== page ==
Working overtime paid off for Minnesota and Houston this weekend.
Seattle avoided the extra session and made it a wild-card bonanza, with three of the four road teams winning.
One day after the Texans rallied from a 16-0 deficit to beat Buffalo 22-19 in an AFC wild-card game, the Vikings stunned New Orleans 26-20 on Sunday.
Then fifth-seeded Seattle edged undermanned Philadelphia 17-9.
The Texans (11-6) will travel to Kansas City (12-4) next Sunday in the divisional round. Tennessee (10-7), which ended New England’s run of three straight Super Bowl appearances with its victory Saturday at Foxboro, gets a trip to Baltimore (14-2) next Saturday night.
Seattle (12-5) goes to Green Bay (13-3) next Sunday because Minnesota’s victory meant it would head to top-seeded San Francisco next Saturday.
Kirk Cousins hit tight end Kyle Rudolph with a 4-yard fadeon third-and-goal on the only drive of overtime. Minnesota (11-6) had blown a 20-10 lead before marching 75 yards in nine plays to win. Cousins’ 43-yard completion to Adam Thielen got the ball to the Saints 2-yard line to set up the winning score.
“I’m so proud of our team, the way we fought,” Rudolph said. “We knew it wasn’t going to be easy coming here. We expected 60 minutes and we got a little bit more. I’m so proud of our guys. Nobody gave us a chance to win here today — except everybody in our organization. We believed.”
Both No. 6 seeds went on the road and won for the second straight year. Not only were both No. 3 seeds eliminated, but their forty-something Hall of Fame caliber quarterbacks, the Saints’ Drew Brees and the Patriots Tom Brady, took quick exits.
The Vikings faded in December, losing three of five outings to fall short in the NFC North behind Green Bay and wind up as the lowest NFC seed. But with a staunch defense and strong pass rush that had Brees and the Saints off-balance for much of the game, it appeared Minnesota would not need extra time.
Then Brees found Taysom Hill for a 20-yard touchdown to cap an 85-yard drive, and Wil Lutz made a 49-yard field goal in the dying seconds to force overtime.
It was the second straight time the Saints’ season had ended in OT in the Superdome. New Orleans (13-4) fell to the Los Angeles Rams in the NFC championship game last January, damaged greatly by an egregious missed penalty call.
At Philadelphia, Russell Wilson threw a 53-yard touchdown pass to DK Metcalf, Marshawn Lynch had a rushing score, and Seattle held the Eagles to three field goals. Wilson threw for 325 yards and led the team with 45 yards rushing. Metcalf had seven catches for 160 yards.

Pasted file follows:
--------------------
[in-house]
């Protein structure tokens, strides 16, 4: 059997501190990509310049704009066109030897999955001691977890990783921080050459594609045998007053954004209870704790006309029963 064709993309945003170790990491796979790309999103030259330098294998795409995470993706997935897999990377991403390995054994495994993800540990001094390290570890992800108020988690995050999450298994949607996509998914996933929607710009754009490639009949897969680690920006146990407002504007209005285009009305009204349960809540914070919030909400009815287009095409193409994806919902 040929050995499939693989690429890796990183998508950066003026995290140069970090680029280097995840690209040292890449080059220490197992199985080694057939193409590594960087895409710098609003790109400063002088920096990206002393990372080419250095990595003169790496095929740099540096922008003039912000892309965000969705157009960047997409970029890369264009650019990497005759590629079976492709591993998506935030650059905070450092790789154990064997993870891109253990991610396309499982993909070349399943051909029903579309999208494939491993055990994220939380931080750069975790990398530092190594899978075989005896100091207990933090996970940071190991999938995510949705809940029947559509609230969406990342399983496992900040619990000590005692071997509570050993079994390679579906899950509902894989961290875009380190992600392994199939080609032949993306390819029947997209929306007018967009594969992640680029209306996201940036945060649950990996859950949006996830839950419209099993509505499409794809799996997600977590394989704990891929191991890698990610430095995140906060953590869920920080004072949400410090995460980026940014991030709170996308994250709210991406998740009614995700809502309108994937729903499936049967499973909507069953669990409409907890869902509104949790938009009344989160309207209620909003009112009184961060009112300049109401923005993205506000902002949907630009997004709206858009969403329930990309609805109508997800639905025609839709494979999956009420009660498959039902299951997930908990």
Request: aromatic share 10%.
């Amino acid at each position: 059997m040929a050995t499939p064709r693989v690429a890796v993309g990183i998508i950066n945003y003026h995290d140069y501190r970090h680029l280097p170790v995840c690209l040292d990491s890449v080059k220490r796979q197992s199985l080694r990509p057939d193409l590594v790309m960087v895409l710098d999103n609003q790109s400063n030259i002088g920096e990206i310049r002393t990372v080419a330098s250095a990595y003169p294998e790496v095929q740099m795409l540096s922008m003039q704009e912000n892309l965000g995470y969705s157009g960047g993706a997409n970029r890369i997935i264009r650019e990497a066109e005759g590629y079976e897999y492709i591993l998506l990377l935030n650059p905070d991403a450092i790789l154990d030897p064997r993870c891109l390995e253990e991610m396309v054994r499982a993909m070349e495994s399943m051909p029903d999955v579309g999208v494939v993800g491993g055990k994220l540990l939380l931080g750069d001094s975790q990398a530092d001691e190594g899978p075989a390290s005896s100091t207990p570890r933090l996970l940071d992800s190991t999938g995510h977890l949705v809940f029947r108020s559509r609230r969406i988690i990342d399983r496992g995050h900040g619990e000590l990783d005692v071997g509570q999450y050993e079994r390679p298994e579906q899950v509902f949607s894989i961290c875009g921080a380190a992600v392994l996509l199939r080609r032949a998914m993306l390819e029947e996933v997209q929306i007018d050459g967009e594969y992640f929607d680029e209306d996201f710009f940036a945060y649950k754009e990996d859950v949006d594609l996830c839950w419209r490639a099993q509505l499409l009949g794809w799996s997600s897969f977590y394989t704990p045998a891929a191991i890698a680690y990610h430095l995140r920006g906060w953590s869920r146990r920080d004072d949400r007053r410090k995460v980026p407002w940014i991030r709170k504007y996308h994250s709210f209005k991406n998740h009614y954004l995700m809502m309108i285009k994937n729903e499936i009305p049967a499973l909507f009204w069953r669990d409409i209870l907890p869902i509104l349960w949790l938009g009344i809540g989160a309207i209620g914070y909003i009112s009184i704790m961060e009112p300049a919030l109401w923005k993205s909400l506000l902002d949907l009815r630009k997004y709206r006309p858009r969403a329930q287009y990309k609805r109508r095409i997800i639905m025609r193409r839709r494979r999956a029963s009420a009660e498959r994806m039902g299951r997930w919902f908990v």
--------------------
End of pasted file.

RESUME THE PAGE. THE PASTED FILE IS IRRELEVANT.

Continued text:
“You’ve got to step it up in the playoffs,” Seahawks edge rusher Jadeveon Clowney said. “We knew it was going to be an upfront game, the whole game. They’ve got a great offensive line, great veteran players.”
The Seahawks are 8-1 away from Seattle, so Lambeau Field won’t likely intimidate them.
Seattle, which had lost three of its last four regular-season games, has played some classic games with Green Bay. Most notable was the 2014 NFC title game in which the Seahawks rallied from a 16-0 halftime hole to win in overtime.
Another 40-year-old QB lost. Josh McCown was forced into action in the first half as yet another Eagles starter, this time quarterback Carson Wentz (concussion) went down. McCown, who was retired when the season began, looked rusty and Philly flopped several times in the red zone.
Houston at Kansas City
The Texans already have won at Arrowhead Stadium this season, 31-24 in October. Deshaun Watson threw for 280 yards and a touchdown while running for two more in outdueling Patrick Mahomes. Carlos Hyde ran for 116 yards and a touchdown against the team that traded him to Houston in the preseason.
Back then, however, Kansas City’s defense hadn’t blossomed. Now, under coordinator Steve Spagnuolo — whose units traditionally take a while to coalesce — the Chiefs are formidable. They’ve allowed 69 points in the past six games, all wins.
KC also has gotten healthier down the stretch.
Tennessee at Baltimore
The Ravens have won 12 straight for the best record in the league. All-Pro quarterback Lamar Jackson will present a major problem with his arm and legs for the Titans, who managed virtually no pressure on the stationary Brady in their wild-card win.
But Tennessee isn’t afraid of going anywhere, as it proved in foggy Foxborough by making the defending champions look ordinary. It already has a fierce rivalry with Baltimore.
“Just a huge challenge, with what they have been able to do in all three phases,” coach Mike Vrabel said. “We’ll have to try to find a way to slow them down.‘’
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